Fullofit: Obi must have been a stunt man before the war, great aerobatics!

Wulfe:Bitter sweet victory indeed! Good story.


Konrad Berthold von Blumenthal
July 25th, 1916. Sivry-sur-Meuse, Verdun.
Fokkerstaffel Sivry

There was a gloomy silence in the officer's mess that afternoon. Word had reached the squadron from an observation post just west of the Meuse, close to the lines. Following the early morning mission, a Fokker monoplane had been spotted limping low across the front with its engine on fire. The pilot apparently was in the process of trying to jump free from the cockpit, even at 300ft from the ground, but he appeared to be having trouble getting free of his harness. The machine crashed into a small copse and soon became a smoldering mass of debris. They had sent out a party to examine the wreckage. They weren't able to identify from the charred remains who the pilot was, but for the presence of a small pocket watch, badly damaged but bearing a still legible inscription on its back....

"To my darling Kurt, forever my love".

There was no flying the following day. Instead the Fokkerstaffel gathered at the nearby cemetery to honor their fallen colleague and say goodbye. Konrad stared at the group of men, heads bowed, and thought to himself, even Strunze didn't deserve to suffer such a terrible death. He wondered if Strunze's wound had played a part in preventing his escape from the burning craft. He'd certainly been carrying a pronounced limp since his return from hospital. And what had caused the engine to catch fire, he wondered. He resolved to speak to his mechanic and ask for a full inspection of his machine, as soon as he could track the annoying little man down.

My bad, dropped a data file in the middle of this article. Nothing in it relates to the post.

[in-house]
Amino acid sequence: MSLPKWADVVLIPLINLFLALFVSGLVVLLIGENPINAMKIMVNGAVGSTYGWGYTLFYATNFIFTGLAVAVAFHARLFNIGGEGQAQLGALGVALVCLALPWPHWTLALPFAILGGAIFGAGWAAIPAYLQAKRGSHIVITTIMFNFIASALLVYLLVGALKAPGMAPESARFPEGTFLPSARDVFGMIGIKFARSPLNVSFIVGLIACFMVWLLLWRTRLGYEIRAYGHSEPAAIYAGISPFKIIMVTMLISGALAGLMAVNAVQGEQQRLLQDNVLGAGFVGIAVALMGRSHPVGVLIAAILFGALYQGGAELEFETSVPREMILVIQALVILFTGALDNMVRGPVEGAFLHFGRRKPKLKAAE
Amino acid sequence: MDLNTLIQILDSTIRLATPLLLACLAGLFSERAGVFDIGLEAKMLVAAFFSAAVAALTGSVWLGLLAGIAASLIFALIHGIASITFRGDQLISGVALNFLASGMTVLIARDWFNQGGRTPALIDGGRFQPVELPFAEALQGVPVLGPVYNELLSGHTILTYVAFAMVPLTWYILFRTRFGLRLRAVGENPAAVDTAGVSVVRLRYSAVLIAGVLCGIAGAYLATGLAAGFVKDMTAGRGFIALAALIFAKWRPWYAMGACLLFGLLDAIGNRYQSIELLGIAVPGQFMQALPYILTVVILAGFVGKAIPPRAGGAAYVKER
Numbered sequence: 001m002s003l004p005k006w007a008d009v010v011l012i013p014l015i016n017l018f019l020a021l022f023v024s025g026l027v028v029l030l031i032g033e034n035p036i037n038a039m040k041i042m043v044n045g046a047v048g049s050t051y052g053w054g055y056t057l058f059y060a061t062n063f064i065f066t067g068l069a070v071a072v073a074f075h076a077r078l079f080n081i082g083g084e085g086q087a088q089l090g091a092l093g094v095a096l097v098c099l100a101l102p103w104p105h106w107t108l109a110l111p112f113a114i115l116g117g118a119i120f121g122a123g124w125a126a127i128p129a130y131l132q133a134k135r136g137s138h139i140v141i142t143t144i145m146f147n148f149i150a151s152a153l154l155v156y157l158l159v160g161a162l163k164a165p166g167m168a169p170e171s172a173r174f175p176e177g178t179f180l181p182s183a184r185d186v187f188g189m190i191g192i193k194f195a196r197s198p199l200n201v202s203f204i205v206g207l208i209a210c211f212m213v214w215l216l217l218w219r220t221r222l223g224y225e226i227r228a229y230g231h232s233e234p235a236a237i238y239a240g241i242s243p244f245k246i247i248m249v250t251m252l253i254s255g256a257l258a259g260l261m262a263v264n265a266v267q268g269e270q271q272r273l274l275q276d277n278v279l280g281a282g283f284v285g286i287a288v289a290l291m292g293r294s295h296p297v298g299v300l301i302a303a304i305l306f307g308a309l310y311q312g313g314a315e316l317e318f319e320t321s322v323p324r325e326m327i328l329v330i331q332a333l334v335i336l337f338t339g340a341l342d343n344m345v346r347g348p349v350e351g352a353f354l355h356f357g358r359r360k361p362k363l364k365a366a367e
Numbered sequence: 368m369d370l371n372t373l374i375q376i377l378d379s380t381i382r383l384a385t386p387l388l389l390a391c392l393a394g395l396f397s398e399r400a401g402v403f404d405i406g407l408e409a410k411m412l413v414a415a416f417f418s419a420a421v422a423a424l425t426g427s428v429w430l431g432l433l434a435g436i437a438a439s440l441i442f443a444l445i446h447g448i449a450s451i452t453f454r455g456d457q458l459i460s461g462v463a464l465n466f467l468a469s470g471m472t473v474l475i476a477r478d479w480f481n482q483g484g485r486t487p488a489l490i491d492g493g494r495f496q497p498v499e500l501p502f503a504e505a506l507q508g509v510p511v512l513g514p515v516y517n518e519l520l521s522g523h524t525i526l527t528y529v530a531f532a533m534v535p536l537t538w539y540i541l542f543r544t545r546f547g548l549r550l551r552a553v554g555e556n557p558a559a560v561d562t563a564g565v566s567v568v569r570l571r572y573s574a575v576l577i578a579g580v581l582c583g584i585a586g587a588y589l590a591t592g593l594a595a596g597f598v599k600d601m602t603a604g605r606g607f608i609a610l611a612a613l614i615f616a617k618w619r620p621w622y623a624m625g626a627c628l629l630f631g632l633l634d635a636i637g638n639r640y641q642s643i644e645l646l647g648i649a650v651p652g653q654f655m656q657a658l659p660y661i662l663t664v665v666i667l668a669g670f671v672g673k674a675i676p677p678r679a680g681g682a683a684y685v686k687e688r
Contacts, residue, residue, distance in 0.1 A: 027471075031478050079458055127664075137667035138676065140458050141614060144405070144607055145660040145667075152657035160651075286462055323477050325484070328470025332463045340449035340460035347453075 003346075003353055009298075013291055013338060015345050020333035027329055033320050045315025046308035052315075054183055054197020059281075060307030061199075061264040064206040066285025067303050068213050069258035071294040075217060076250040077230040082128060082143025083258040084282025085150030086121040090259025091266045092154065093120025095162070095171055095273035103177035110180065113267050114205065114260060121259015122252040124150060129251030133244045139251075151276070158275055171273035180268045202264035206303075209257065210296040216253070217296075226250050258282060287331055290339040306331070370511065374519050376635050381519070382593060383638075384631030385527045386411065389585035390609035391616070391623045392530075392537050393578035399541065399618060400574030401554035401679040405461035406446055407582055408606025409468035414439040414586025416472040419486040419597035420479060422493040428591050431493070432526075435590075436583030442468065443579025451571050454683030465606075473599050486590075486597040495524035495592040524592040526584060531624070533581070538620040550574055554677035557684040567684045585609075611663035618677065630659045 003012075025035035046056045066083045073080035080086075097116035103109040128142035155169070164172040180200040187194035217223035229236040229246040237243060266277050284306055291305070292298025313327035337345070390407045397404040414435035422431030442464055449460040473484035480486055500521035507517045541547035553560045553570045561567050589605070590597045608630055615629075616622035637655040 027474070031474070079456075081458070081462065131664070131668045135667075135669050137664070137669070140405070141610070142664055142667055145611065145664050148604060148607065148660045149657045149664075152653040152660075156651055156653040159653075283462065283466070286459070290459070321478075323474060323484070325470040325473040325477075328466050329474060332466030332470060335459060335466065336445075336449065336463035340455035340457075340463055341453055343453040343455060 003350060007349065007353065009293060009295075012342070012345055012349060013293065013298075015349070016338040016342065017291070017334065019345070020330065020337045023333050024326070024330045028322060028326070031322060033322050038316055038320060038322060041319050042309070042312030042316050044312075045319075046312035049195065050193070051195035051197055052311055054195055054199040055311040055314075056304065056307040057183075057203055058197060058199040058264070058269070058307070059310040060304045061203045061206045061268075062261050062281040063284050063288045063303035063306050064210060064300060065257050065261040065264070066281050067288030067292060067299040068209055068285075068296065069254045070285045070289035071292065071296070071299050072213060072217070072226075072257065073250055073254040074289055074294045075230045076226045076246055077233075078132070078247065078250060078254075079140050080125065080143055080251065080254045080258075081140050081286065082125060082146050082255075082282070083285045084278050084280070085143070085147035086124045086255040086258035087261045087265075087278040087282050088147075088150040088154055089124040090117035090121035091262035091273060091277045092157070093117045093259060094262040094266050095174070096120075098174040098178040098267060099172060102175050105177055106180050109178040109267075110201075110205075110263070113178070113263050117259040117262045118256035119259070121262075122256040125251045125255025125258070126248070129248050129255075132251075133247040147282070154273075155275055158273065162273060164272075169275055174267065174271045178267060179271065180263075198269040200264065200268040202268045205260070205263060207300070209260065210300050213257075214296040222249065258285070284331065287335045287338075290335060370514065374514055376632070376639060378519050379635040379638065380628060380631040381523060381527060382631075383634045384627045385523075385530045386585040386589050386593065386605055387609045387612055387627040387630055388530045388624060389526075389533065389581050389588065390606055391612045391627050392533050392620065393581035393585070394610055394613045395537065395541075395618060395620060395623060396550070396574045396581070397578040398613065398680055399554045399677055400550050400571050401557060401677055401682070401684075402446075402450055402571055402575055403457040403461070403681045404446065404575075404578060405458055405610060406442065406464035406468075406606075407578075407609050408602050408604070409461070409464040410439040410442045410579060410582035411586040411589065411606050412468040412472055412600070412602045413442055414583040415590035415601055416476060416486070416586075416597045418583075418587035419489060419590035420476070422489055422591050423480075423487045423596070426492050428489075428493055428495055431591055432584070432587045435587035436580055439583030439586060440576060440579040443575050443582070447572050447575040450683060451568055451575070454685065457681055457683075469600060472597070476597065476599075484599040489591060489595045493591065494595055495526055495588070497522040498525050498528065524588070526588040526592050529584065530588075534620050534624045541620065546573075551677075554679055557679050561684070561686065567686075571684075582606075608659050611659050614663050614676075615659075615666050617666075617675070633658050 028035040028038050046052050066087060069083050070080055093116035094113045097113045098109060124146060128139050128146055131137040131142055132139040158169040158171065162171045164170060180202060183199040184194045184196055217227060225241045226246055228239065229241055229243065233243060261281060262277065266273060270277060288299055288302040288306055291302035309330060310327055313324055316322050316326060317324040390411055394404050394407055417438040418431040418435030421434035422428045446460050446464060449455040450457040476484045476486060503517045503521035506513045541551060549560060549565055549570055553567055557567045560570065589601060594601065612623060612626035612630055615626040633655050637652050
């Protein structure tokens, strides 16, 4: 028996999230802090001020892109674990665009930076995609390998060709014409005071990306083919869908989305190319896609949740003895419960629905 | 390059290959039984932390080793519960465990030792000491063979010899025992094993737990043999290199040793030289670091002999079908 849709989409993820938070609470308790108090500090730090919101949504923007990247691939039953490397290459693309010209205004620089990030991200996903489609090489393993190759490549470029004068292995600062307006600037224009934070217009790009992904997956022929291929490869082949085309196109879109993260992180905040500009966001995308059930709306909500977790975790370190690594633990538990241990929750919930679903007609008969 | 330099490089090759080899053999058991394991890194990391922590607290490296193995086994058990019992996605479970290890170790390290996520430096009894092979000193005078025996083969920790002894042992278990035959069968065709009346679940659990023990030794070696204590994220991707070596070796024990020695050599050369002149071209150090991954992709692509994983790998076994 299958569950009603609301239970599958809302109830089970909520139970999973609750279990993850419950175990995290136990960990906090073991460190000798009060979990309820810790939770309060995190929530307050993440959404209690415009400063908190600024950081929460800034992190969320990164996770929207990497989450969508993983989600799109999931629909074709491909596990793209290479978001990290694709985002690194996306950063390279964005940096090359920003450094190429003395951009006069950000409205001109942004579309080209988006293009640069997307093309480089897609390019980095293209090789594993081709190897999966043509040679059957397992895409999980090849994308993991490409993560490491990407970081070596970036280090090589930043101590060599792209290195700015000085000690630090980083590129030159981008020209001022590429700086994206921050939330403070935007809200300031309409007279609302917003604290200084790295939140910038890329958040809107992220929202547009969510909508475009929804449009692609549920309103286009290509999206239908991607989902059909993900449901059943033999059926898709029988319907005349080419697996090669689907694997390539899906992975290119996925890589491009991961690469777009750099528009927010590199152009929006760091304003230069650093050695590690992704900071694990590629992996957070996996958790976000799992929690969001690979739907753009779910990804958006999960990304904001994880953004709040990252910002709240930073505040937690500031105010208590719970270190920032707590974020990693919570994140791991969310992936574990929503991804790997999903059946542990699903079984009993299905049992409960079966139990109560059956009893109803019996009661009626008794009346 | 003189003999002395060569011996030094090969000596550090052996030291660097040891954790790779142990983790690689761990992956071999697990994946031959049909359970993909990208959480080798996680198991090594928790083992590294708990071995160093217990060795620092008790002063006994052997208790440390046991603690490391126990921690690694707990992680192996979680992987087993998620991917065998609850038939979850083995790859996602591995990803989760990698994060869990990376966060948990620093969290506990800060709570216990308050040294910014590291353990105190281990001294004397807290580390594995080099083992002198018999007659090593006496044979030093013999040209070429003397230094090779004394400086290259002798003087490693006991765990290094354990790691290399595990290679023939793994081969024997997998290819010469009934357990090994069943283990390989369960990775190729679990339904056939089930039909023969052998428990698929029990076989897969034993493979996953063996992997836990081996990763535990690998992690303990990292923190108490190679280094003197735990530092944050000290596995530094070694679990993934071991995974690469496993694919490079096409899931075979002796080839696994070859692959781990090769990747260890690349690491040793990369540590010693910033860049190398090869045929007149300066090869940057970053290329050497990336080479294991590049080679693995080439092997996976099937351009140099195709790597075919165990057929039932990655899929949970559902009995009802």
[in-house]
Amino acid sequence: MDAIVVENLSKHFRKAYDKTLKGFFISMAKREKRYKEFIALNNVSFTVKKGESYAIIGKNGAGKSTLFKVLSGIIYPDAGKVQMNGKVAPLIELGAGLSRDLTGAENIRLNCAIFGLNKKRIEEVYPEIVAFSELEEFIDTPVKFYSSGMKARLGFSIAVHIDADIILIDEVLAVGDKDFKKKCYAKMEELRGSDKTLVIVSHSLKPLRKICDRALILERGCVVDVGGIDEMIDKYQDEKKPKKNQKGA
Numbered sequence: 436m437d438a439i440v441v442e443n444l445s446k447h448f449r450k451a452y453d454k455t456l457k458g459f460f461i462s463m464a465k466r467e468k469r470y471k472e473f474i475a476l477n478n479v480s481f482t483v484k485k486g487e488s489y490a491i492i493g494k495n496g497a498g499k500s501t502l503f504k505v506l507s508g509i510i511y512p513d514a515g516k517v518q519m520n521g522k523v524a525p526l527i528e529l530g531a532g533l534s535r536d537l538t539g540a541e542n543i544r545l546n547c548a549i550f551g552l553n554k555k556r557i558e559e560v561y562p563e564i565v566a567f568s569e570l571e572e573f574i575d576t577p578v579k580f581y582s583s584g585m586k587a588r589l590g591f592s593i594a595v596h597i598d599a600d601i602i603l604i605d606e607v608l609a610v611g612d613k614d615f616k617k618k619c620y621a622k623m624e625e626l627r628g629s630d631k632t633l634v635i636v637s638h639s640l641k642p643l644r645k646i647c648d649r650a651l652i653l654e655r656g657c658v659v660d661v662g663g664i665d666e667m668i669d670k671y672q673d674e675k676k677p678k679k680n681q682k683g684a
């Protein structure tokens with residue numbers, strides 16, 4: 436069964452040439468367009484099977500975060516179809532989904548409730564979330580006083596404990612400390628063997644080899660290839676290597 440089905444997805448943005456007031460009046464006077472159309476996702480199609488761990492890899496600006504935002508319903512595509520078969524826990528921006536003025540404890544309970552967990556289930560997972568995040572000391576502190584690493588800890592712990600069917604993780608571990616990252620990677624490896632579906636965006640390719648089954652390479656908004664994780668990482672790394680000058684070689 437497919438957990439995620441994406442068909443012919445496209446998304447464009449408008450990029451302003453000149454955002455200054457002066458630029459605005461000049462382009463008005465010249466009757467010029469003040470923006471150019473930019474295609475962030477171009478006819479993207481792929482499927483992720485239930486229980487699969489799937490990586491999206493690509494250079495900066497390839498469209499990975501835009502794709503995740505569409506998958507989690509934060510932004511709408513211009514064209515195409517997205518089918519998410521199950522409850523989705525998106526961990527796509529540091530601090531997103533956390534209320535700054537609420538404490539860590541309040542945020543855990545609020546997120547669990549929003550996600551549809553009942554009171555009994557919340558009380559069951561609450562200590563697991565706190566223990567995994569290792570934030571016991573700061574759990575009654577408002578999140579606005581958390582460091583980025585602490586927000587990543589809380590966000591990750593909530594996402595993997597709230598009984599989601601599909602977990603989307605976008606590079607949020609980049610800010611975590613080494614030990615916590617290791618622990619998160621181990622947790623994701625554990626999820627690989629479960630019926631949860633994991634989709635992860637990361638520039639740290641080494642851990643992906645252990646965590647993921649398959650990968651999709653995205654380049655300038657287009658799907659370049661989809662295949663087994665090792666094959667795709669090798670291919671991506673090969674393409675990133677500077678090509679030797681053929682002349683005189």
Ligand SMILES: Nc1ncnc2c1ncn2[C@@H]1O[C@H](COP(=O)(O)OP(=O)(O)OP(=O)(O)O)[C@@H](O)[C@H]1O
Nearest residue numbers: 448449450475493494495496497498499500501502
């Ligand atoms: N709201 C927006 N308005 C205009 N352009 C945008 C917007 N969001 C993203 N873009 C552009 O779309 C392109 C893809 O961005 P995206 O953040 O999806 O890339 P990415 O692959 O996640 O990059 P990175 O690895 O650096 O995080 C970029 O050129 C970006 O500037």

The next two days provided little excitement. No Caudrons or Nieuports to be found. Konrad wondered who his new wingman would be and when he would arrive. Until then he had the hut all to himself once more.

……to be continued.

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